Tag Archives: language

All Hail the Queen?

9 Mar

Great Britain has given many things to America: the Fab Four, the less funny version of The Office, and the overwhelming confidence that, at the very least, our teeth could be doing much worse.

Some Americans, though, become carried away.  I think we have forgiven our British brothers and sisters too quickly: after all, was it not just a few centuries ago that that whole Boston Tea Party thing happened?  You know, the one where a gang of rogue Brits stole the cans of Arizona Iced Tea from the Celtics and threw them in the harbor, and then we had six more weeks of winter?

But to Americans, the Brits are adorable (as smaller and weaker things with bulging eyes often are), and in general, I wouldn’t care.  However, America’s fascination with the Brits has started to leak into its collective writing skills, and that, my fellow patriots (as you know, Tom Brady is a subscriber to this blog), is a problem.

First, a disclaimer: it’s not that the Brits aren’t good writers.  After all, they gave us Shakespeare, and without Shakespeare, Gnomeo and Juliet would never have been made, and that’s just something I wouldn’t wish upon cinema.

No, it’s not that British English is WRONG; it’s that Americans do not–and should not–write in it.  There are marked differences between British and American English in terms of phraseology, spelling, and even grammar, and if you’re an American writing an American paper, gosh darn it, it is your baseball and apple pie duty to WRITE LIKE IT.

1. Spell words like an American.

No, not like an American texting (*emoticon grimace*), but the way words appear in American dictionaries.  Town is not spelled towne.  Center is not spelled centre.  Color is not spelled colour.  Sometimes these crop up in business names, because Americans just think they’re cute (again, with the smallness and the weakness and the bulging of the eyes) but that doesn’t mean you’re allowed to use them in your writing.  If you ever open your own business, I give you permission to call it “Ye Olde Umbrella Shoppe” if you want to.  Until thenne, thoughe, ye must stoppe it.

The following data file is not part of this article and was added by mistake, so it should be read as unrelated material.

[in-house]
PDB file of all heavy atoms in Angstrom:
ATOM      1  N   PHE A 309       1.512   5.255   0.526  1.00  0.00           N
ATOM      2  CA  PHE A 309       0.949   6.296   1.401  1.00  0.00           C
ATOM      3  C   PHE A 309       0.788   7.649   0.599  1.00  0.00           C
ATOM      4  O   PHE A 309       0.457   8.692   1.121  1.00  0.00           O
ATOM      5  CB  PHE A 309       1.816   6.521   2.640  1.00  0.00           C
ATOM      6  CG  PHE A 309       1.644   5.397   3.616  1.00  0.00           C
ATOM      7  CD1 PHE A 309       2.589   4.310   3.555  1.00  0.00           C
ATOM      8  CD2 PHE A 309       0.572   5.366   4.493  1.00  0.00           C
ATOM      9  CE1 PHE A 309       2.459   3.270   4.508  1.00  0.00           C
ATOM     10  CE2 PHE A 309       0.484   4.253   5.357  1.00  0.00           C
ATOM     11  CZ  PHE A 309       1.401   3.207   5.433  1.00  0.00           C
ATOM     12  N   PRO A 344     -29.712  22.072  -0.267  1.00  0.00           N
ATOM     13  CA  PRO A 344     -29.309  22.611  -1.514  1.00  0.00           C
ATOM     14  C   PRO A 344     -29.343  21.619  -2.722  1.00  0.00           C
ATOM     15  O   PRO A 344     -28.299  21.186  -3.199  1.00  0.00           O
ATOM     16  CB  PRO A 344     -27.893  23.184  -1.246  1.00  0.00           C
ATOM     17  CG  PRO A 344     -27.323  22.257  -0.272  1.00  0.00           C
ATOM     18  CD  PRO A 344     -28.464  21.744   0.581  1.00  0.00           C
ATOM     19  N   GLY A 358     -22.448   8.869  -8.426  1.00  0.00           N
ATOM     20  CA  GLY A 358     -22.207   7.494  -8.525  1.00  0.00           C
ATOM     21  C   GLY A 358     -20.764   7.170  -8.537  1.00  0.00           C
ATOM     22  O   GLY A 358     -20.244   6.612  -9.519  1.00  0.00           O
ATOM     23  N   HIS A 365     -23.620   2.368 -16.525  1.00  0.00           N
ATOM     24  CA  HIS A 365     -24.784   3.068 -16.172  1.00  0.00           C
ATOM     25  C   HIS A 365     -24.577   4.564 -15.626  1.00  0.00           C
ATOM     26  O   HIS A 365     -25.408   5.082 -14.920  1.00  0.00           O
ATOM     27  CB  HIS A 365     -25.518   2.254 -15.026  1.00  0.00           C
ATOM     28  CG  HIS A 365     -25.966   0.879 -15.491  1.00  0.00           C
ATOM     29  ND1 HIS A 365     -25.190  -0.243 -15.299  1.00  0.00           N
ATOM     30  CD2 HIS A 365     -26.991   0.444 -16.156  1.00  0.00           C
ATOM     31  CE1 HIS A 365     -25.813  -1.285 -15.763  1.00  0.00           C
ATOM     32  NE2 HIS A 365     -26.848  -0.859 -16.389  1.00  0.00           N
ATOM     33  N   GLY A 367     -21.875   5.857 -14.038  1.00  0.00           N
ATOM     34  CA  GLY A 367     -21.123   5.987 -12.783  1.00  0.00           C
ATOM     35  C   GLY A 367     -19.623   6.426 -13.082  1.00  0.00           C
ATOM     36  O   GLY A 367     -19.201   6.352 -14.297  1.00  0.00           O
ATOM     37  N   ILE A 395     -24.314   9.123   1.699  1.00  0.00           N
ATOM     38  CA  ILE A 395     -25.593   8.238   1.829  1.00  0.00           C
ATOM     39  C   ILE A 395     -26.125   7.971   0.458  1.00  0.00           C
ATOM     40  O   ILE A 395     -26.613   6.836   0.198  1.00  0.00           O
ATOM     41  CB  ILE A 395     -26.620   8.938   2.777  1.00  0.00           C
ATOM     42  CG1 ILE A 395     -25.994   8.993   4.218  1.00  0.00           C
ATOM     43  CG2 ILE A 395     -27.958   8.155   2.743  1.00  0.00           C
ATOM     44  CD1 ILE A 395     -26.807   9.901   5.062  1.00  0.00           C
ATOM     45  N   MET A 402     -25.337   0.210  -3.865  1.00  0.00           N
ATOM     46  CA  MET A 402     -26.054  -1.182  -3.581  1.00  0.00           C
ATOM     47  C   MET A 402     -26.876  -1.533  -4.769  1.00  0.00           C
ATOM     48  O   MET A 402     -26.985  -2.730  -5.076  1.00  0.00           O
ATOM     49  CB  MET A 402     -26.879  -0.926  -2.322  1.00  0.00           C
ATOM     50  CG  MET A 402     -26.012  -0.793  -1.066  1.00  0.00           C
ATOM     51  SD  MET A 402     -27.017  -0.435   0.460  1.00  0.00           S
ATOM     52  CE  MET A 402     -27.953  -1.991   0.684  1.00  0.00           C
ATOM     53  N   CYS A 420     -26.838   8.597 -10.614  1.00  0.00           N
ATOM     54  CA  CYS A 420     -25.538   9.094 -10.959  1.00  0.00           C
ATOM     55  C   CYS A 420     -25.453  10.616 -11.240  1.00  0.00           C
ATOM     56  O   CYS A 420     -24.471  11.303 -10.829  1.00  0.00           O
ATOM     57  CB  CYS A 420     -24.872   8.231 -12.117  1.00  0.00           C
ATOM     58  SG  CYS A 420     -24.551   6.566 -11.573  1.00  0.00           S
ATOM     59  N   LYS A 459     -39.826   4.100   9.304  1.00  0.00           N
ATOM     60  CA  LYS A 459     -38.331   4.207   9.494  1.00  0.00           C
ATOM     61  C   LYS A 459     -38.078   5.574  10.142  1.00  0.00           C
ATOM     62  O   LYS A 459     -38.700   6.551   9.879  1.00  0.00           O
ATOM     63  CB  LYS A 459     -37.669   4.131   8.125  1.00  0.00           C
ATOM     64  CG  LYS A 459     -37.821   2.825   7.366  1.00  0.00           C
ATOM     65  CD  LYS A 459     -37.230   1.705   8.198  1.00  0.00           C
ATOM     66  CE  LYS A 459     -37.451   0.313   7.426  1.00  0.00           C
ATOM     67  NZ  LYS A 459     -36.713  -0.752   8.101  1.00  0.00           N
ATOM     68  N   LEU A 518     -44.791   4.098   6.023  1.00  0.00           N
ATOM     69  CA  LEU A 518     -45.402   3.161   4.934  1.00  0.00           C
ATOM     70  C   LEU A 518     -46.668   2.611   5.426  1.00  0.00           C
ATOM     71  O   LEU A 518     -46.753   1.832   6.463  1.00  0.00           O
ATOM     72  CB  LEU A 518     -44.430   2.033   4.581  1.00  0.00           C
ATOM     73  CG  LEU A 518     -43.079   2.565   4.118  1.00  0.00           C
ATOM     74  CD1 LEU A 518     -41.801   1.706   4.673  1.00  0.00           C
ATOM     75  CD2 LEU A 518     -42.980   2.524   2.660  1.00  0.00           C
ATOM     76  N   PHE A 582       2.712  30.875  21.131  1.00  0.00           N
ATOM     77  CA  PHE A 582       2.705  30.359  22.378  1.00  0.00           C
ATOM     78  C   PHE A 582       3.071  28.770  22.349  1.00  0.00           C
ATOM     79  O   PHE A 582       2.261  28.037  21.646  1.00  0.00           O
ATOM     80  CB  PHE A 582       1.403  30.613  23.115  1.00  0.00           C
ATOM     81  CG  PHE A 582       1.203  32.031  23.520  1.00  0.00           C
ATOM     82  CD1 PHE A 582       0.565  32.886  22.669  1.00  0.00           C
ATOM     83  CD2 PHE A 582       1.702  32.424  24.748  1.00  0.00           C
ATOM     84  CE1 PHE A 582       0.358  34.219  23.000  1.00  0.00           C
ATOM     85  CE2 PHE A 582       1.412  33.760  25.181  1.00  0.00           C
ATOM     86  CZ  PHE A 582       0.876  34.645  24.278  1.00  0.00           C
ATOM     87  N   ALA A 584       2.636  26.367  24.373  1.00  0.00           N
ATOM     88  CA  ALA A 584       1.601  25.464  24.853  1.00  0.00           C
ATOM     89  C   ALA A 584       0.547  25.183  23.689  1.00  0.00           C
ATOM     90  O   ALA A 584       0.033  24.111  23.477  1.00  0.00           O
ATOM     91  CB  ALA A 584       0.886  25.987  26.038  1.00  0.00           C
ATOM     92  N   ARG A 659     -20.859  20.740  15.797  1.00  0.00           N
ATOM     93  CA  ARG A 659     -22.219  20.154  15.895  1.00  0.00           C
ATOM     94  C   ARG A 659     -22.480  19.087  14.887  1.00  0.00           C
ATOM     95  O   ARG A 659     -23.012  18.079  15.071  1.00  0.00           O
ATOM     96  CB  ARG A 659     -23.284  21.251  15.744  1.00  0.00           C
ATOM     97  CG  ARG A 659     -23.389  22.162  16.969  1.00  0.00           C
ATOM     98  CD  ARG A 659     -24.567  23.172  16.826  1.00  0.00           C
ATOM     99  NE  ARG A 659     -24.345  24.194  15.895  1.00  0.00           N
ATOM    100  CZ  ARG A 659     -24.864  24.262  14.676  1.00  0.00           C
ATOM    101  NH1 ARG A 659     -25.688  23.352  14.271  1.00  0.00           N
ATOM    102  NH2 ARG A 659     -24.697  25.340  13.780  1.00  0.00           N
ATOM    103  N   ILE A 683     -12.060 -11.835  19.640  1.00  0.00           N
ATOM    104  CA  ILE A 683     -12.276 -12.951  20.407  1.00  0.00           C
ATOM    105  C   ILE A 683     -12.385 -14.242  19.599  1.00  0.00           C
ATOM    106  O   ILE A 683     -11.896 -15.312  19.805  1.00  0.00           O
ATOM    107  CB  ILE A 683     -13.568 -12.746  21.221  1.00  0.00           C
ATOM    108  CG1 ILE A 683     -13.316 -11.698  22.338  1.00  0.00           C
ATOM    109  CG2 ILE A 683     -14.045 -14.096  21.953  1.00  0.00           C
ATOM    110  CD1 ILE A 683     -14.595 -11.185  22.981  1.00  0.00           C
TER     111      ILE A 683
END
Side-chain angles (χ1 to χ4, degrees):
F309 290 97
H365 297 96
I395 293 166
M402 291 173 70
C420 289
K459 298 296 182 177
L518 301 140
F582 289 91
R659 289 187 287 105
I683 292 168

2. Avoid British irregular verbs.

In British English, the irregular past particle is acceptable.  In America, it’s generally not used.  For example, the following verb conjugations are acceptable in British English, but much less common (or allowed) in America:

Lean —> leant

Learn –> learnt

Smell –> smelt

Spoil –> spoilt

3. Collective nouns.

Even in American English, depending on which publication manual you subscribe to (I only read them for the articles — “a” and “the”), there are disagreements over when collective nouns take the plural form and when they take the singular.

Collective nouns name groups composed of members.  Examples of collective nouns include: team, army, family, data, company, and jury.  Writers often have a difficult time deciding whether to use a singular or a plural verb with a collective noun. (Is it “The team are ready” or “The team is ready”?)  In general, the rule is that if the sentence’s emphasis is on the group as one whole, the verb should be singular, and if on all the individual members of the group simultaneously, then plural.

This is one area where the Englishes of Britain and America differ.  American English leans towards making most collective nouns singular (“The jury is ready.”), while the Brits tend to make more of their collective nouns plural (“The jury are ready.”).

Again, there is a gradient here: arguments can sometimes be made for choosing a plural verb over a singular oneand vice-versa.  However, if you find yourself saying, “The Clash are the greatest band of all time,” then know this: London’s calling, and it wants its collective nouns back.

There are plenty of other differences between American and British English, and most of us are able to keep these slight nuances of language separate.  The examples above are simply three slip-ups that I see American writers making more and more commonly.  The problem isn’t that American English is necessarily better than British English: it’s that stylistic inconsistencies can make your writing seem amateurish.

Honestly, the way to solve this is probably to just tell Americans to stop reading so much Harry Potter.  So put The Deathly Hallows, down, folks.  Here’s how it ends:

Harry Potter is Tyler Durden, and together, they both shoot Old Yeller

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